The Supreme Court of India consists of Chief Justice of India and its other puisne judges. It is well settled that in discharge of judicial functions, the CJI and other judges exercise the same powers. The CJI is always the senior-most judge of the court. It has, therefore, been said that on the judicial side, the CJI is only first among equals. But following the judgment of the three-judge bench in Prakash Chand, it has further been held that as far as the roster is concerned, which is an administrative function, the Chief Justice is the ‘master of the roster’ and he alone has the prerogative to constitute the benches of the court and allocate cases to the benches so constituted. It has been clarified by the Constitution Bench that this has also been the convention of the Supreme Court and as such is the law. It has been clarified that the convention is followed because of judicial discipline and decorum. It has been emphatically clarified that “Once the Chief Justice is stated to be the Master of the Roster, he alone has the prerogative to constitute Benches”.
Exercise of Power to act as the Master of Roster
On a plain reading of the law declared by the apex court in relation to the concept of “master of roster”, it looks as if he has absolute discretion in the matter of distribution of judicial work among the judges of his court. Without going into the controversy as to the source of this power, that is, whether it is derived from certain conventions or can be said to be inherent in the office of the chief justices or are based on statutory provisions, one thing is certain that such power can be exercised only subject to the constitutional limitations, particularly, Article 14 of the Constitution.
It is well settled that “Article 14 strikes at arbitrariness in State action and ensures fairness and equality of treatment. The principle of reasonableness, which legally as well as philosophically, is an essential element of equality or non-arbitrariness pervades Article 14 like a brooding omnipresence”.This principle equally applies to all the constitutional authorities.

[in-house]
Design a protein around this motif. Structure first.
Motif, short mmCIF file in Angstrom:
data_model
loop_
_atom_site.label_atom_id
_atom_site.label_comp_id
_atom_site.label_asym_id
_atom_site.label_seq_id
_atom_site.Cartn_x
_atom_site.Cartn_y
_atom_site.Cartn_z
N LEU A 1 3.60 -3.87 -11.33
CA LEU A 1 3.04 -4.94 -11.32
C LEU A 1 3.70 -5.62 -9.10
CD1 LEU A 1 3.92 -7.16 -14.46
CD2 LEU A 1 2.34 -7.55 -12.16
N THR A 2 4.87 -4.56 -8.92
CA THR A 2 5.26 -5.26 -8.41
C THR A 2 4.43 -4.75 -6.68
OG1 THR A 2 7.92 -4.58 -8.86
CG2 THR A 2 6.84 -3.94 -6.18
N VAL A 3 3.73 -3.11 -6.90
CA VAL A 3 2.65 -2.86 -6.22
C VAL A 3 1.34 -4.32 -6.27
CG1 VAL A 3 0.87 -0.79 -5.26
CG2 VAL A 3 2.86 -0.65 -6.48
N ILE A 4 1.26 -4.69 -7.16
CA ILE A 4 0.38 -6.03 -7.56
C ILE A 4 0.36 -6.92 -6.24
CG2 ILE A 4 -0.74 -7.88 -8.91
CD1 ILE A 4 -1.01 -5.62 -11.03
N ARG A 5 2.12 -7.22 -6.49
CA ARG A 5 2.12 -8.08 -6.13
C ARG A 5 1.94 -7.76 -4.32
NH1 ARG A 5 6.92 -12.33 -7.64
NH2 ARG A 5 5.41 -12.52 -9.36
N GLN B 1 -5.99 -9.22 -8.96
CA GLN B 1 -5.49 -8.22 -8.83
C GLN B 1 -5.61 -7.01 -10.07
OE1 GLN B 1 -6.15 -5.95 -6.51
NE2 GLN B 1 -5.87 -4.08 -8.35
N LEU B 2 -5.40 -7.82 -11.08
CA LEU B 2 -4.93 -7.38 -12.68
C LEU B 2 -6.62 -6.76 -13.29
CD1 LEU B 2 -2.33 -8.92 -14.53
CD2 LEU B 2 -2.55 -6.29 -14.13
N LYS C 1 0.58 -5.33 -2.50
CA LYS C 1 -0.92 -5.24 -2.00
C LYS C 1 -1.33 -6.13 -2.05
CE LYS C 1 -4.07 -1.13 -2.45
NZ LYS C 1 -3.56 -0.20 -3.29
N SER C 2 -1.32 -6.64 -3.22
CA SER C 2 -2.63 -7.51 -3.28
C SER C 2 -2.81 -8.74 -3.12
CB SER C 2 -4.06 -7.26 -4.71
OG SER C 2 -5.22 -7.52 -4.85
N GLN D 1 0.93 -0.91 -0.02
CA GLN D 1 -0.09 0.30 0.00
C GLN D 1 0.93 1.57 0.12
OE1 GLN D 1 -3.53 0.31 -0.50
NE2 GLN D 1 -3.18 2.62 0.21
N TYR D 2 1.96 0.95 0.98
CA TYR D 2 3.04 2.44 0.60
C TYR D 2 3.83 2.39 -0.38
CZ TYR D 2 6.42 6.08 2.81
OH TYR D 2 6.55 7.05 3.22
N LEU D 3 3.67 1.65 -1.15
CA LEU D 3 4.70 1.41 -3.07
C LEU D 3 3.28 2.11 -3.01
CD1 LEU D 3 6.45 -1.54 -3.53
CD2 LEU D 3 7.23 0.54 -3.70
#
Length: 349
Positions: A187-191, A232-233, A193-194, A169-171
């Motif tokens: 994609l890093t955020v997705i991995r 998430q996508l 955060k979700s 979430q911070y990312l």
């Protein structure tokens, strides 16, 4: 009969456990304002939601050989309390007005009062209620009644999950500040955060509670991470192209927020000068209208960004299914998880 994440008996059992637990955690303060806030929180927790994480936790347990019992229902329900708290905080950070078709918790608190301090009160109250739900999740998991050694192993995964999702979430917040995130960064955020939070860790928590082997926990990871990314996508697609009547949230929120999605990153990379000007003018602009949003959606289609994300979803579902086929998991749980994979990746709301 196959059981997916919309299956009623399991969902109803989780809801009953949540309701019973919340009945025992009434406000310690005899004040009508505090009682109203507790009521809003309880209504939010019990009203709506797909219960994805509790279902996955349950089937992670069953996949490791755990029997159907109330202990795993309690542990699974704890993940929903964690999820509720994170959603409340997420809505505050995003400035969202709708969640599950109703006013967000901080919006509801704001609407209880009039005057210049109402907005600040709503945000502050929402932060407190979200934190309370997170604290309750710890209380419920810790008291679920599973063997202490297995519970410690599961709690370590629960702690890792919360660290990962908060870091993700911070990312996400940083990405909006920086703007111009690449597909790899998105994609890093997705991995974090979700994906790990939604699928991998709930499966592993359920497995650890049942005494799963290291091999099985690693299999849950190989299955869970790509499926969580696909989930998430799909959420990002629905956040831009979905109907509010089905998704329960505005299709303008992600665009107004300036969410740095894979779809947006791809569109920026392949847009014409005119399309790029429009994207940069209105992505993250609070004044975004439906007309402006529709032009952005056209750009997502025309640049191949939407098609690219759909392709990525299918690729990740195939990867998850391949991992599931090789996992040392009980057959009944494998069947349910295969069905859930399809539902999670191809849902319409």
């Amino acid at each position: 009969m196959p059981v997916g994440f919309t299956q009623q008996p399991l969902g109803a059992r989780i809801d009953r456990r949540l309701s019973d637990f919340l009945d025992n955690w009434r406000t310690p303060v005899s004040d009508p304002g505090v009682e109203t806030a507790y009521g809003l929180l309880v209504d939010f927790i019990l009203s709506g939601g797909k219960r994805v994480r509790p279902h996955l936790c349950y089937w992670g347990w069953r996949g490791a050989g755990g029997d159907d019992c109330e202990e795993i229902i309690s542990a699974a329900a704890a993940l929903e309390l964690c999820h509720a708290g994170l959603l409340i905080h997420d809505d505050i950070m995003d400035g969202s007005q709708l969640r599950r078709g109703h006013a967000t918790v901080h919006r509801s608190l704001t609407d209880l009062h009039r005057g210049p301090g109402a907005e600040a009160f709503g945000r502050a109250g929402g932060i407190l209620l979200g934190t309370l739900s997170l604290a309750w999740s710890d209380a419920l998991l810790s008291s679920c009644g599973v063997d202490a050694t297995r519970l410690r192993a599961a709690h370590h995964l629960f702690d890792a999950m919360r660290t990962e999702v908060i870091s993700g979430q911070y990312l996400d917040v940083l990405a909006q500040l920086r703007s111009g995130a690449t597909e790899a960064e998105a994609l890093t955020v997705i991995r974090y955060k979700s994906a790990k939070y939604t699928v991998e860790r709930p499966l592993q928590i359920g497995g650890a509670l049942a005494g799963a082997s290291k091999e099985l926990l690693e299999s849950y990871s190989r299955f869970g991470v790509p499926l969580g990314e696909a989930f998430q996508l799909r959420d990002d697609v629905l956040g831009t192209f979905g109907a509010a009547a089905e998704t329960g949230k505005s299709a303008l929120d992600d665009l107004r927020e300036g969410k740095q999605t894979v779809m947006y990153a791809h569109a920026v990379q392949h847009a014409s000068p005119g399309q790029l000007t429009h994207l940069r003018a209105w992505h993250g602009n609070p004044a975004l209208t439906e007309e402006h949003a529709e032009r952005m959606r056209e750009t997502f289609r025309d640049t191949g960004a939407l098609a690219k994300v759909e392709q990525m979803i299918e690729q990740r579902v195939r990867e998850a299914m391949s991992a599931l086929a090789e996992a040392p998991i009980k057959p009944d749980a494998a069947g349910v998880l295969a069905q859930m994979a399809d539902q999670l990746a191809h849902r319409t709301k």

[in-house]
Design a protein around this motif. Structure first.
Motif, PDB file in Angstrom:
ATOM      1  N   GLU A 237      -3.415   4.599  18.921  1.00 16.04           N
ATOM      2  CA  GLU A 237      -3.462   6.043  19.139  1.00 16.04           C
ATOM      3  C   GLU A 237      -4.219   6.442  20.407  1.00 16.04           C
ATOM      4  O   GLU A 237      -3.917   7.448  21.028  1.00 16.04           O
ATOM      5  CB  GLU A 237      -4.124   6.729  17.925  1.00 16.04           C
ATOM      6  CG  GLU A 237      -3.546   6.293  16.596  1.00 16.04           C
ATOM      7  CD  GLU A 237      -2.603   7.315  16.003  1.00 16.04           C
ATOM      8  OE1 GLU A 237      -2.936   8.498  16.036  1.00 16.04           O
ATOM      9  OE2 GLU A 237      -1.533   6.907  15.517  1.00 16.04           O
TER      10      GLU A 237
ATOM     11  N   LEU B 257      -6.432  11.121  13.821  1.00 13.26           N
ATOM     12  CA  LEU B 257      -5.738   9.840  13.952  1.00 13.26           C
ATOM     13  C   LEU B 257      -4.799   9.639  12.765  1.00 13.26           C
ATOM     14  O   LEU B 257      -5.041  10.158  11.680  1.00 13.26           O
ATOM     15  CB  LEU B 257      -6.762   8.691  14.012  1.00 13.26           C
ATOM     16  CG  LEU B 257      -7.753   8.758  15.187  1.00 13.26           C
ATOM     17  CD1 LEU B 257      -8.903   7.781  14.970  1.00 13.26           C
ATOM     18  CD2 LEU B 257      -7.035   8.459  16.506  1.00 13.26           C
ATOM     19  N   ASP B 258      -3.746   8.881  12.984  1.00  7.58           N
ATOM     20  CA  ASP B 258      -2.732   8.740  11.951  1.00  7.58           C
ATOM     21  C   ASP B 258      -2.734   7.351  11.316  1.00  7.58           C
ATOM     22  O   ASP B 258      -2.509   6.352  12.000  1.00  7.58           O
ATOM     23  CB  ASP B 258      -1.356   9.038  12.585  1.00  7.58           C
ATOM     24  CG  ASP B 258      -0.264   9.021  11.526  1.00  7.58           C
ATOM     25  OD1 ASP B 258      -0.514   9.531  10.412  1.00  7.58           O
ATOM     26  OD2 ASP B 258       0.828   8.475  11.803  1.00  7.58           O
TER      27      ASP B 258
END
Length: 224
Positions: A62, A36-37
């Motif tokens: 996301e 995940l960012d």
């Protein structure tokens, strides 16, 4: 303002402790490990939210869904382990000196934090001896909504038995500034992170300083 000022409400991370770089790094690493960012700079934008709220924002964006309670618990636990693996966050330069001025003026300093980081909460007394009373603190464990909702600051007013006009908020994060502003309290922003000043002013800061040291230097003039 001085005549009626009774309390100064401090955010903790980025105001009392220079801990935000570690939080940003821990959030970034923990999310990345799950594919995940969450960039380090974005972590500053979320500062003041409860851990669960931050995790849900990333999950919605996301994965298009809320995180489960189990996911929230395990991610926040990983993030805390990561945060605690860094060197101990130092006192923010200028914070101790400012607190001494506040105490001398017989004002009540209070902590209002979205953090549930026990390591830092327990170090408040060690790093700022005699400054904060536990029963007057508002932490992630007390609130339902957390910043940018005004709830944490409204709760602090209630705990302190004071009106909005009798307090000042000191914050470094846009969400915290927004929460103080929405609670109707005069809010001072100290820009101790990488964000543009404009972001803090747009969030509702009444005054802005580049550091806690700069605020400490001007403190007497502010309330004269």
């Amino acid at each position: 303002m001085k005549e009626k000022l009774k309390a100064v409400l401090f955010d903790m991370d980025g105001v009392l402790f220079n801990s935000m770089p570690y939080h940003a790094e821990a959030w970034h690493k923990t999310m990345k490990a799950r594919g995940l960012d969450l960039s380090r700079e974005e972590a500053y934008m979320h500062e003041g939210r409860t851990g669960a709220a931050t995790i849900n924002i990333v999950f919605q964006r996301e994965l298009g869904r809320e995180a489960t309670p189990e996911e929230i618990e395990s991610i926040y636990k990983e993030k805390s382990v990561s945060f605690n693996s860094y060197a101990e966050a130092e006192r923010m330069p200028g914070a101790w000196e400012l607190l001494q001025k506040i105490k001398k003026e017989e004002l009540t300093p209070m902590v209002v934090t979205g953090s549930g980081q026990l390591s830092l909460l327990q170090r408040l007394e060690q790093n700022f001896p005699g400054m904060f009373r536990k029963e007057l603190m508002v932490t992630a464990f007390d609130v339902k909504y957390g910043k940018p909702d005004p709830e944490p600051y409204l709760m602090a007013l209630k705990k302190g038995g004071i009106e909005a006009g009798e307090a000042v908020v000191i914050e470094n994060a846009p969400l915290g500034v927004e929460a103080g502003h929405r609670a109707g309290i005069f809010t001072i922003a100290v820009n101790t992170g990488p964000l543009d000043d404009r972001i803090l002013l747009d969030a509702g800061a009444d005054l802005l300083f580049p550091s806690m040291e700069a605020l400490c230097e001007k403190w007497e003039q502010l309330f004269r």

In the case of Maru Ram v Union of India [(1981) 1 SCC 107], the Constitution Bench has held that where a power is vested in a very high authority, it must be presumed that the said authority would act properly and carefully after an objective consideration of all the aspects of the matter, and further, the higher the power, the more cautious would be its exercise.
Today, the country is faced with a situation when even the four senior-most judges of the apex court have questioned the administrative functioning of the CJI and it appears that they could not locate any constitutional remedy except to approach the people through the medium of press.
It is suggested that before any further damage is caused to the great constitutional institution, the Supreme Court, pursuant to its powers under Article 145(1) of the Constitution, clearly lay down the guidelines for exercising the powers of formation of Benches and allocation of cases keeping in view the conventions of the Court in this regard. In the fast changing situations, it may also be found advisable to confer the functions of “master of roster” on a committee comprised of CJI and two senior-most judges like the formation of collegium.
Campaign for Judicial Accountability and Reforms v Union of India, (2018) 1 SCC 196 para 6
State of Rajasthan v Prakash Chand, (1998) 1 SCC 1
Article 14 was explored and brought to light in Royappa case, (1975) 1 SCC 485, and it was reaffirmed and elaborated by the Supreme Court in Maneka Gandhi v Union of India, (1980) 4 SCC 95, pp. 283-84, para 7
Author Is A Former Acting. Chief Justice of High Court of Karnataka
[The opinions expressed in this article are the personal opinions of the author. The facts and opinions appearing in the article do not reflect the views of LiveLaw and LiveLaw does not assume any responsibility or liability for the same]